Significant leaks on matters of national defense are not generally going to come from army truck drivers. Daniel Ellsberg was a military analyst at RAND. Thomas Drake was an NSA senior executive. Stephen Kim was a senior adviser on intelligence in the State Department. Jeffrey Sterling was a CIA officer. John Kiriakou was a CIA officer. Bradley Manning was a private first class in army intelligence about two years out from basic training. We can disagree about who among these is more or less worthy of respect or derision. But after Thursday's hearing, they all fall on the wrong side of the line that the judge endorsed.Leak-based journalism is not the be-all-and-end-all of journalism. But ever since the Pentagon Papers, it has been a fraught but critical part of our constitutional checks in national defense.
At this point I still didn’t know who he was or what he had. I frequently get people saying, “I have a huge thing for you,” and the vast majority of the time it turns out to be bullshit. So I didn’t prioritize it, but after a couple of days he wrote me back, and I still hadn’t done it. Then he made me a step-by-step video that he posted on YouTube about how to install and use PGP encryption. But I still didn’t do it, and so then he got frustrated and went to Laura Poitras, who he knew I had worked with and was friends with, because she does have encryption, and he said, “I’m going to give this stuff to you and then get Glenn involved.” So I almost lost one of the biggest leaks in national-security history because I didn’t bother to install encryption.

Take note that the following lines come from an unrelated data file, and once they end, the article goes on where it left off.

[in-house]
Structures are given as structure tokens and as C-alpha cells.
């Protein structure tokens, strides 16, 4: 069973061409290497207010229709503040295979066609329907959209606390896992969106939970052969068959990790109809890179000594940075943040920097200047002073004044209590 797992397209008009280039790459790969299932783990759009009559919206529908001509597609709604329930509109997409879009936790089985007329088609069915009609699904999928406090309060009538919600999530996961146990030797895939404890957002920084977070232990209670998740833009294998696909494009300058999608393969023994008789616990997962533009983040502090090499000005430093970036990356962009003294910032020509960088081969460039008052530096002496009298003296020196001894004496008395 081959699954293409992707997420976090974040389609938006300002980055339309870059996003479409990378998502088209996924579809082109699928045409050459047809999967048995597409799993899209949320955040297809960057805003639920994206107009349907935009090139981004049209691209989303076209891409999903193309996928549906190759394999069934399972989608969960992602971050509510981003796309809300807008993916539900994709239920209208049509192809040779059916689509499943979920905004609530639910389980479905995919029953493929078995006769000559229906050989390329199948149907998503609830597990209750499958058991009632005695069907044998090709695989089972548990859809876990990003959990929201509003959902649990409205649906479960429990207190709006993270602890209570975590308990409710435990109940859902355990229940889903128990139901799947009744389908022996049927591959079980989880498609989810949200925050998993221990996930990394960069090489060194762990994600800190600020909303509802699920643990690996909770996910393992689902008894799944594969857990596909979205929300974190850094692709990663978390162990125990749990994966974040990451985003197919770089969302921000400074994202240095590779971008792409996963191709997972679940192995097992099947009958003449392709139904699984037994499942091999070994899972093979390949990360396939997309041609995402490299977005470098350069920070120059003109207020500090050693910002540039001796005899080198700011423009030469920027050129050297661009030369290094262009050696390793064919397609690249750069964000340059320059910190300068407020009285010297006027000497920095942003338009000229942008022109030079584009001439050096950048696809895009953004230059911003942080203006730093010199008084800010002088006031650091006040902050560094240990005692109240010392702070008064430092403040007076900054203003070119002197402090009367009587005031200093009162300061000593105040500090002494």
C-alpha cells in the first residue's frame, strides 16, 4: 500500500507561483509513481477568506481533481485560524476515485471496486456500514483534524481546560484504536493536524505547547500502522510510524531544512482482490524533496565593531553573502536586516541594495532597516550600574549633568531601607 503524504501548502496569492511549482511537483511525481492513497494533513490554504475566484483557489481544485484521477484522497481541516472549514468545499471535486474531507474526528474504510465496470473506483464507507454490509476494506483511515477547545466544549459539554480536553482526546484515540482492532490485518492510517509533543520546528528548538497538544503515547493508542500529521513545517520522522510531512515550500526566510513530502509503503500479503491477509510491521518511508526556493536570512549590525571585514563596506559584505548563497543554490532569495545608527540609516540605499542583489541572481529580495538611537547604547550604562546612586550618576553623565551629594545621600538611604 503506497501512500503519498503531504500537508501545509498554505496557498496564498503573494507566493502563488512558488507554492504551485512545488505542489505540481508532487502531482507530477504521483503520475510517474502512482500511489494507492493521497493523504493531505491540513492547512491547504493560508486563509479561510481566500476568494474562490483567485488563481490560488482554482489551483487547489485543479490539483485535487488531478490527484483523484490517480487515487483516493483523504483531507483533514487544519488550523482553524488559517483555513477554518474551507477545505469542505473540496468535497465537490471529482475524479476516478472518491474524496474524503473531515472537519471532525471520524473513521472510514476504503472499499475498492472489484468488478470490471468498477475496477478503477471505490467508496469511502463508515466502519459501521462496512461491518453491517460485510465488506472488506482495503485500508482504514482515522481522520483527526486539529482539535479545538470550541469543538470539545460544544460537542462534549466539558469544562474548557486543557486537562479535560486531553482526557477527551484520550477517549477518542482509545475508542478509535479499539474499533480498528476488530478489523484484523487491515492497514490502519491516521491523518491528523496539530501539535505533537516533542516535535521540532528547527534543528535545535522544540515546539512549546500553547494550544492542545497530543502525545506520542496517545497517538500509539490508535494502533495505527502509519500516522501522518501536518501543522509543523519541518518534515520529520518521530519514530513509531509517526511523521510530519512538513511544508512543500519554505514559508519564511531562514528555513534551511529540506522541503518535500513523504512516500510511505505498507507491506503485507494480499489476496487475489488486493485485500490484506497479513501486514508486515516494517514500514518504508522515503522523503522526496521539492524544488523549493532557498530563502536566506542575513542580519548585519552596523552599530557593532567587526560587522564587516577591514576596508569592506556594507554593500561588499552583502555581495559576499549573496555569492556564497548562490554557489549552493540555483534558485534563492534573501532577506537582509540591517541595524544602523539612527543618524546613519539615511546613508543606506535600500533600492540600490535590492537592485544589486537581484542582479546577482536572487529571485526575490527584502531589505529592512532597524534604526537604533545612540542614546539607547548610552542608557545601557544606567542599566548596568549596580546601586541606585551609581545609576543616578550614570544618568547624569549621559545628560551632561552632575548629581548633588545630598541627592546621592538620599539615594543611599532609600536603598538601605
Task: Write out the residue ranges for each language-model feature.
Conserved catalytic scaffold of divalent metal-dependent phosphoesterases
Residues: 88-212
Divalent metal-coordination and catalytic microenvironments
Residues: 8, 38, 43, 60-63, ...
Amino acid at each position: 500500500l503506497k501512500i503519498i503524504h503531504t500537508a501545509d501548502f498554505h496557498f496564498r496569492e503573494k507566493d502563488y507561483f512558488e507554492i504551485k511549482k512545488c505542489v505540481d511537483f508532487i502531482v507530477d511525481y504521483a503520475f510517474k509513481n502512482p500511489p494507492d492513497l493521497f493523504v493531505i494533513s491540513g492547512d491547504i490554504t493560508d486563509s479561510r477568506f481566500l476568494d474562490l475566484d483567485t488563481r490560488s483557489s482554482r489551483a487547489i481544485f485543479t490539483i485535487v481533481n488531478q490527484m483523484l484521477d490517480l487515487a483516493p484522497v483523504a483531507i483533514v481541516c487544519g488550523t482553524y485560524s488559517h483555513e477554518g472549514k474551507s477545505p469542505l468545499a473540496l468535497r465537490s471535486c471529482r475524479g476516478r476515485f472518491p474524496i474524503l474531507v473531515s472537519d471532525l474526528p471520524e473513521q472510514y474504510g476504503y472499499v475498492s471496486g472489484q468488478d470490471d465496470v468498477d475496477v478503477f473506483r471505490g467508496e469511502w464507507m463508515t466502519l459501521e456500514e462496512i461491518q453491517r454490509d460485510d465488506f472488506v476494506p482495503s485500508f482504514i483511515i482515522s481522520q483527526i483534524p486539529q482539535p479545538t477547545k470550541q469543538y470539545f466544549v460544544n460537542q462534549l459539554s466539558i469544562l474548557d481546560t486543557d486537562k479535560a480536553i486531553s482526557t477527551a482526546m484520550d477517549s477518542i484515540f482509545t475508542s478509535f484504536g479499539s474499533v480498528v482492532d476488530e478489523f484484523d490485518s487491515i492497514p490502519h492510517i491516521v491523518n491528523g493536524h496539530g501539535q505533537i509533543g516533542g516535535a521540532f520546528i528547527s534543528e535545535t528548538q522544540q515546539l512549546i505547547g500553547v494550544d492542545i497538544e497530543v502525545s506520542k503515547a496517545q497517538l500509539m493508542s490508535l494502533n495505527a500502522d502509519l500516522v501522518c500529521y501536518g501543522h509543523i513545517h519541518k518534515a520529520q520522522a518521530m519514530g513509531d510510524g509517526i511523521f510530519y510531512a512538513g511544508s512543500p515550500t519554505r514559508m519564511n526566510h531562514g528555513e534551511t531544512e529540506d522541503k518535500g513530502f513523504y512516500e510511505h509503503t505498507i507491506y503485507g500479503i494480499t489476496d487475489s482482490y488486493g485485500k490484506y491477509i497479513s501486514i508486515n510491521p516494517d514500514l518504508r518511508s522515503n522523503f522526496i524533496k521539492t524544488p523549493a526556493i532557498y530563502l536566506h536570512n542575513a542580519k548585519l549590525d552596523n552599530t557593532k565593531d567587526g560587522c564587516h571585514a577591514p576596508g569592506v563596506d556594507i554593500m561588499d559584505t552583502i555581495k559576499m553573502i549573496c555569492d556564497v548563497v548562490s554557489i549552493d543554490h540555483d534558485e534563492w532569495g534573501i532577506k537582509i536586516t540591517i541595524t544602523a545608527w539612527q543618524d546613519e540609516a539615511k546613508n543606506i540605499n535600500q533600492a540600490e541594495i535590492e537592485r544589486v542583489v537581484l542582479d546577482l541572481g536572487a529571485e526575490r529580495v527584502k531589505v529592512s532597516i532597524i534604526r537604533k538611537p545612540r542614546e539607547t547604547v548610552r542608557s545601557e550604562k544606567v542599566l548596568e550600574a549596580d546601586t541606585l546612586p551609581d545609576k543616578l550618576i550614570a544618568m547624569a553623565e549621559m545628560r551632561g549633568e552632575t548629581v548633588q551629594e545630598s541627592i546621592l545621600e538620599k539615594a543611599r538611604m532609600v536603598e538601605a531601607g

But whether you’re writing from Aleppo or Gaza or Rome, the editors see no difference. You are paid the same: $70 per piece. Even in places like Syria, where prices triple because of rampant speculation. So, for example, sleeping in this rebel base, under mortar fire, on a mattress on the ground, with yellow water that gave me typhoid, costs $50 per night; a car costs $250 per day. So you end up maximizing, rather than minimizing, the risks. Not only can you not afford insurance—it’s almost $1,000 a month—but you cannot afford a fixer or a translator. You find yourself alone in the unknown. The editors are well aware that $70 a piece pushes you to save on everything. They know, too, that if you happen to be seriously wounded, there is a temptation to hope not to survive, because you cannot afford to be wounded. But they buy your article anyway, even if they would never buy the Nike soccer ball handmade by a Pakistani child.
Apparently, the Washington Post has decided to weigh in on the ongoing debate over "what is journalism?" with this answer: you fill up articles on topics you don't know the first thing about with nothing but idle speculation, rank innuendo, and evidence-free accusations, all under the guise of "just asking questions". You then strongly imply that other journalists who have actually broken a big story are involved in a rampant criminal conspiracy without bothering even to ask them about it first, all while hiding from your readers the fact that they have repeatedly and in great detail addressed the very "questions" you're posing.
Mr. Bulger does not like being called a rat, a k a an informer. And so the frail-looking 83-year-old defendant in bluejeans, white sneakers and a dark blue shirt spat a vulgarity, his first words in more than 16 years to Mr. Weeks, whom he had long treated as a son and groomed as a successor. Mr. Weeks, still on the stand, shouted a two-word expletive of his own, and Mr. Bulger replied in kind. “Hey!” the judge interjected.